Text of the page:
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State Health Officials Warn Michiganders to Watch Out for West Nile

The Michigan Department of Community Health says the virus is easily transferable between mosquitoes and humans.

Human West Nile Virus cases are on the rise both nationally and in Michigan, with Michigan health officials reporting a Washtenaw County woman as the state’s first human West Nile Virus death this year.

The previously healthy woman who was between the ages of 75 and 85 was hospitalized at the beginning of August after showing symptoms commonly associated with the virus.

“With the virus appearing earlier this year than it has in recent years, we want to remind residents to take the appropriate precautions to avoid getting bitten,” said Dr. Corinne Miller, state epidemiologist with the Michigan Department of Community Health.

Thus far in 2012, a total of 693 cases of West Nile Virus disease in people, including 26 deaths, have been reported to the Center for Disease Control. Miller said this is the highest number of cases reported to the CDC through the second week in August since 1999, when the virus was first detected in the United States.

For Michigan, a total of 24 cases and one death have been reported for the same time period. Those infected range in age from 18 to 84, with the average being 55. The virus appeared in birds and mosquitoes in Michigan in 2001 and in humans in 2002. This is the highest number of human cases reported for Michigan through the second week of August since 2002.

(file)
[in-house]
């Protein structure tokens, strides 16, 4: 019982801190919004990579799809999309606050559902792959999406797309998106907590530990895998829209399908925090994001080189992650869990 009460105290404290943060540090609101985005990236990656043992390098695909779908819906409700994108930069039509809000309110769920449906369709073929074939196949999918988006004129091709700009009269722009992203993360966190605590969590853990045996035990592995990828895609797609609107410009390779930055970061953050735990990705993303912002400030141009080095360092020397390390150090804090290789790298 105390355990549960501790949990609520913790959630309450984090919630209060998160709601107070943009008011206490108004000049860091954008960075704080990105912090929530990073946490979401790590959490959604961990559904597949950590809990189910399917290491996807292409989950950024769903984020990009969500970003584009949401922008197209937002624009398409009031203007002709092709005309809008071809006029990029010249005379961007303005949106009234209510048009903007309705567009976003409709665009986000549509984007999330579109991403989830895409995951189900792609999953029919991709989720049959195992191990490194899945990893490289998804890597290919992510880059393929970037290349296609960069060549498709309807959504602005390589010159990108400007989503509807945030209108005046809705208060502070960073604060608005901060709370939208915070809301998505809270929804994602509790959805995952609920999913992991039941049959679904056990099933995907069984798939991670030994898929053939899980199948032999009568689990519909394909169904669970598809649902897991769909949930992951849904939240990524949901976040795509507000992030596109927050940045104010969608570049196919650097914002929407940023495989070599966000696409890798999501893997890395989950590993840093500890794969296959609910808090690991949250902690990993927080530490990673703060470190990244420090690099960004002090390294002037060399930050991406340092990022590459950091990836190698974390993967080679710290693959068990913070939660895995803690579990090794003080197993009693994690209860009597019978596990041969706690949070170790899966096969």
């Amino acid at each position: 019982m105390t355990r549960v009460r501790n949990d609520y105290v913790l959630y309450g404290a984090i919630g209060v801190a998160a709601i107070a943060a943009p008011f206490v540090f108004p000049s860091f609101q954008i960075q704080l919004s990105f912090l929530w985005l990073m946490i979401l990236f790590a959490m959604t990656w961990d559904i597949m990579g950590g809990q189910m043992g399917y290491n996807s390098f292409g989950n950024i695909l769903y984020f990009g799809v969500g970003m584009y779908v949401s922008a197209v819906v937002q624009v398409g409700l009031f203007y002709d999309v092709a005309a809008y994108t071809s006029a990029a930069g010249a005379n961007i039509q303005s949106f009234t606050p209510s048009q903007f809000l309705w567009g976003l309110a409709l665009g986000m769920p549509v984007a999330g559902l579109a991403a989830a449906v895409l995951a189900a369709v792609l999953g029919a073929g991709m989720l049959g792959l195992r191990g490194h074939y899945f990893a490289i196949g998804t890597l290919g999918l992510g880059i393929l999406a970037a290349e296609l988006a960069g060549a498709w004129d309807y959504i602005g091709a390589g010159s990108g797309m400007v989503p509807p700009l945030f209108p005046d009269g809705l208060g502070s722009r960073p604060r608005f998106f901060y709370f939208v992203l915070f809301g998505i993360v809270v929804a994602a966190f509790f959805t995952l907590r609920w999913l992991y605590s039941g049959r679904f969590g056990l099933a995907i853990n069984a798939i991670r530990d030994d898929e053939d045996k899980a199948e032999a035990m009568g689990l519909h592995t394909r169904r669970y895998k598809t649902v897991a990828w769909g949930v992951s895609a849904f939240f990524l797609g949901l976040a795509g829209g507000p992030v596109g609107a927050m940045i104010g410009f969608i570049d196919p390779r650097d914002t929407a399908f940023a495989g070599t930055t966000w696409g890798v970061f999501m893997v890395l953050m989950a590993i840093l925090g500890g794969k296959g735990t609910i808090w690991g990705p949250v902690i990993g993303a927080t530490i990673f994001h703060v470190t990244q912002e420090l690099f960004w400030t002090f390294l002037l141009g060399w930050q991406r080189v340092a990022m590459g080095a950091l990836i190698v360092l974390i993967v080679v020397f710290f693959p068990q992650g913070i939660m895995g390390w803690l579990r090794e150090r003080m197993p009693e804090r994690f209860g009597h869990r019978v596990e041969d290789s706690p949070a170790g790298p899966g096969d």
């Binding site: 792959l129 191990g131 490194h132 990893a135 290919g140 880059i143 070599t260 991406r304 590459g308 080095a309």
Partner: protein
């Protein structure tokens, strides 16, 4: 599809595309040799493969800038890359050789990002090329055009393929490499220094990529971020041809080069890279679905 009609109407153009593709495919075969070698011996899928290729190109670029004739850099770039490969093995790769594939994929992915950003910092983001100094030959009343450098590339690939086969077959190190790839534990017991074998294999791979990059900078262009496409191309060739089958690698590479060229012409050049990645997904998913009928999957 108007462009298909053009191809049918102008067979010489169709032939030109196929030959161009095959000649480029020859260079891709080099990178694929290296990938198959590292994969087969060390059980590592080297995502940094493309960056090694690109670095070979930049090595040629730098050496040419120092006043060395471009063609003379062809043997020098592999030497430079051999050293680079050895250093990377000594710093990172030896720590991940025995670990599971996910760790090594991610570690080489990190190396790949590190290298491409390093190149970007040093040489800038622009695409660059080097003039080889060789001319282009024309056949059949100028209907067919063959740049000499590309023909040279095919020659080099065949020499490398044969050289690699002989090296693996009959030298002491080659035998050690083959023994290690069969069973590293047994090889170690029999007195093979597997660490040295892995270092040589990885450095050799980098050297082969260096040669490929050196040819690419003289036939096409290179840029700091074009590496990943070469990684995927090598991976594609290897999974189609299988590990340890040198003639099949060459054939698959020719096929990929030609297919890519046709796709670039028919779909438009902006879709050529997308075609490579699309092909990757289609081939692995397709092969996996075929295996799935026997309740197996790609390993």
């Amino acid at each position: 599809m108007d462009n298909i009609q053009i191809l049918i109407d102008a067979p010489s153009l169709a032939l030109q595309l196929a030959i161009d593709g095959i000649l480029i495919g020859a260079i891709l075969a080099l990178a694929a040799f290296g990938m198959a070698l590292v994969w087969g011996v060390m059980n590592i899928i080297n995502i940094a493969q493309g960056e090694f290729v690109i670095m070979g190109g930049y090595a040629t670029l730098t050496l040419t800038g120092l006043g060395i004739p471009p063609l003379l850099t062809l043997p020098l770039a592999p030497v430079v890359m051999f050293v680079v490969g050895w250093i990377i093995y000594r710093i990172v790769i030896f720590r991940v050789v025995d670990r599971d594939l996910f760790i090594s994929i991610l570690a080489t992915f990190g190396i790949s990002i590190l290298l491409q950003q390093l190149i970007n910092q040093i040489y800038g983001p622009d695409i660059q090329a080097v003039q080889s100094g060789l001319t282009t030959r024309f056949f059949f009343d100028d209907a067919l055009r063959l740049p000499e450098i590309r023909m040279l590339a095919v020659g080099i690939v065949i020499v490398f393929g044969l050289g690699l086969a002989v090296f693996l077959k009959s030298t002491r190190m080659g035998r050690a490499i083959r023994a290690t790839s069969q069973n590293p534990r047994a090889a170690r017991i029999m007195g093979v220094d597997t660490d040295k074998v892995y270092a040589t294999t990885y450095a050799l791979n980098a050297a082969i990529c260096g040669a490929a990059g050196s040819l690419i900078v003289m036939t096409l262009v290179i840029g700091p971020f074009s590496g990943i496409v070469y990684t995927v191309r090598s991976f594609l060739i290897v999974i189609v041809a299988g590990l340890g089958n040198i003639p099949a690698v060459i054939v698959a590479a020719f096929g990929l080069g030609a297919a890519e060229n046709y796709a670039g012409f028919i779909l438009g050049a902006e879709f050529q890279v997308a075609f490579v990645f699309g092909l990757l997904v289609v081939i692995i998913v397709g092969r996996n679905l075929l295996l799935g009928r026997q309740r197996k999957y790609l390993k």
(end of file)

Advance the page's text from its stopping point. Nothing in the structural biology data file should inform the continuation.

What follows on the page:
Last year, West Nile Virus was responsible for 34 serious illnesses and two fatalities in Michigan.

“The unusually hot and dry summer has favored the mosquitoes that transmit West Nile Virus. These same conditions have led to a reduction in the number of 'nuisance' mosquitoes which are more abundant during wet summers, giving citizens a false sense of security,” Miller said.

Mosquitoes breed in small collections of stagnant water, are common around people’s homes and often bite people indoors. While few mosquitoes may be noticed outdoors, those that are present and biting are likely to be the type that potentially carry the virus.

The months of August and September are when most human cases of West Nile occur in Michigan. The end of summer is when mosquitoes are older and more likely to carry the virus. The types of mosquitoes that transmit the virus bite during evening and nighttime hours.

Most people bitten by an infected mosquito show no symptoms of illness. However, some become sick three to 15 days after exposure. People 50 and older are more susceptible to severe disease symptoms.

Michigan residents are encouraged to take the following steps to avoid West Nile Virus:

  • Maintain window and door screening to help keep mosquitoes out of buildings.
  • Empty water from mosquito breeding sites such as buckets, unused kiddie pools, old tires or similar sites where mosquitoes lay eggs.
  • Apply insect repellents that contain the active ingredient DEET, or other EPA approved repellent to exposed skin or clothing, especially during peak mosquito activity periods such as dusk and dawn.
  • Wear light colored, long-sleeved shirts and long pants when outdoors.

For more information, visit the state's emerging diseases website at www.michigan.gov/westnilevirus or the CDC’s website at www.cdc.gov/ncidod/dvbid/westnile/index.htm.

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